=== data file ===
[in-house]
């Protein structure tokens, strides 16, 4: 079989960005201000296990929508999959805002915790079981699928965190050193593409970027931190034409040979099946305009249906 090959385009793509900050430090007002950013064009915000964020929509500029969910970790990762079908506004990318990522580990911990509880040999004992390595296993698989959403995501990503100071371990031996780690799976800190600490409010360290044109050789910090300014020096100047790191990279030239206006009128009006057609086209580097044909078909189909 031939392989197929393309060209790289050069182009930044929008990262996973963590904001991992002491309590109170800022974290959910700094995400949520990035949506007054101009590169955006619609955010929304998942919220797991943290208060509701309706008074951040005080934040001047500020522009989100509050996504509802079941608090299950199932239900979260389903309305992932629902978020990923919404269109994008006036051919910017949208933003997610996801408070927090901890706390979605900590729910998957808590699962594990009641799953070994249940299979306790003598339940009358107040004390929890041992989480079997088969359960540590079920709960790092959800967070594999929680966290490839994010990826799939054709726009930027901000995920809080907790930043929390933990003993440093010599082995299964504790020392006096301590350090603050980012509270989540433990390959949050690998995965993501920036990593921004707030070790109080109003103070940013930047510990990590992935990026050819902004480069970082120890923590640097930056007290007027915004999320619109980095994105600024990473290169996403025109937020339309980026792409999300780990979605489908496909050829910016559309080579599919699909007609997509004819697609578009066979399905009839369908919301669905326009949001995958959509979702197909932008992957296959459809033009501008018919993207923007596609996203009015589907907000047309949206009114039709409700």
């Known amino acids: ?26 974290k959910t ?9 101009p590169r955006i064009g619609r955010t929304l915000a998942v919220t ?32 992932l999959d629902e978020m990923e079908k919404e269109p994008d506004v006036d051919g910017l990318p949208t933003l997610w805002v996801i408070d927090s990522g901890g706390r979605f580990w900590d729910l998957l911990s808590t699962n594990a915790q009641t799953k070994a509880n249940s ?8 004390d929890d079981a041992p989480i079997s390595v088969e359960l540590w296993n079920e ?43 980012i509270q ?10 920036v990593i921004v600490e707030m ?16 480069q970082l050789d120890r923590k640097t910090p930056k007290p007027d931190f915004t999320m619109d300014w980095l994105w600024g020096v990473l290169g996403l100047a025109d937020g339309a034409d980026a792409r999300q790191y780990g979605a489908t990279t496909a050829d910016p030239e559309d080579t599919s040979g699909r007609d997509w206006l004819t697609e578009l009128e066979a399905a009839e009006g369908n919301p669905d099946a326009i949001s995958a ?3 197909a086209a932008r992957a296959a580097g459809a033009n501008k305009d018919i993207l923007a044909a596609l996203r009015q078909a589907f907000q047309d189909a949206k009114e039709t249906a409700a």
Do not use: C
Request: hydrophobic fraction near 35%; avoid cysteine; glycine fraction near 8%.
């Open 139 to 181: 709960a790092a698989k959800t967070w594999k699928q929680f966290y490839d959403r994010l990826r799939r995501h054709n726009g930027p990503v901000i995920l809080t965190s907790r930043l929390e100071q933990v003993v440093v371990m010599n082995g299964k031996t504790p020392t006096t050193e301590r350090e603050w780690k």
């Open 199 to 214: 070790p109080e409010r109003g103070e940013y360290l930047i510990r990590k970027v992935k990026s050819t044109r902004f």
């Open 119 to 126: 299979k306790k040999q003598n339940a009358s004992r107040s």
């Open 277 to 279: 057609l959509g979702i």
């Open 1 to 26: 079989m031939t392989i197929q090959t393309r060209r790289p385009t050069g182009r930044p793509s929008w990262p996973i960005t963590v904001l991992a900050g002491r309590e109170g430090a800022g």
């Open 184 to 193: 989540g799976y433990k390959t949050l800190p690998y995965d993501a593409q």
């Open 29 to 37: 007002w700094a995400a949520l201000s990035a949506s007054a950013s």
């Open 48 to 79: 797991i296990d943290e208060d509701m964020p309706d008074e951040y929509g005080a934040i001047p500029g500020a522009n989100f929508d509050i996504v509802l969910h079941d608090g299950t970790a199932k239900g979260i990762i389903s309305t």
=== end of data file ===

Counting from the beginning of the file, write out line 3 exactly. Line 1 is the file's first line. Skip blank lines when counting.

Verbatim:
């Known amino acids: ?26 974290k959910t ?9 101009p590169r955006i064009g619609r955010t929304l915000a998942v919220t ?32 992932l999959d629902e978020m990923e079908k919404e269109p994008d506004v006036d051919g910017l990318p949208t933003l997610w805002v996801i408070d927090s990522g901890g706390r979605f580990w900590d729910l998957l911990s808590t699962n594990a915790q009641t799953k070994a509880n249940s ?8 004390d929890d079981a041992p989480i079997s390595v088969e359960l540590w296993n079920e ?43 980012i509270q ?10 920036v990593i921004v600490e707030m ?16 480069q970082l050789d120890r923590k640097t910090p930056k007290p007027d931190f915004t999320m619109d300014w980095l994105w600024g020096v990473l290169g996403l100047a025109d937020g339309a034409d980026a792409r999300q790191y780990g979605a489908t990279t496909a050829d910016p030239e559309d080579t599919s040979g699909r007609d997509w206006l004819t697609e578009l009128e066979a399905a009839e009006g369908n919301p669905d099946a326009i949001s995958a ?3 197909a086209a932008r992957a296959a580097g459809a033009n501008k305009d018919i993207l923007a044909a596609l996203r009015q078909a589907f907000q047309d189909a949206k009114e039709t249906a409700a």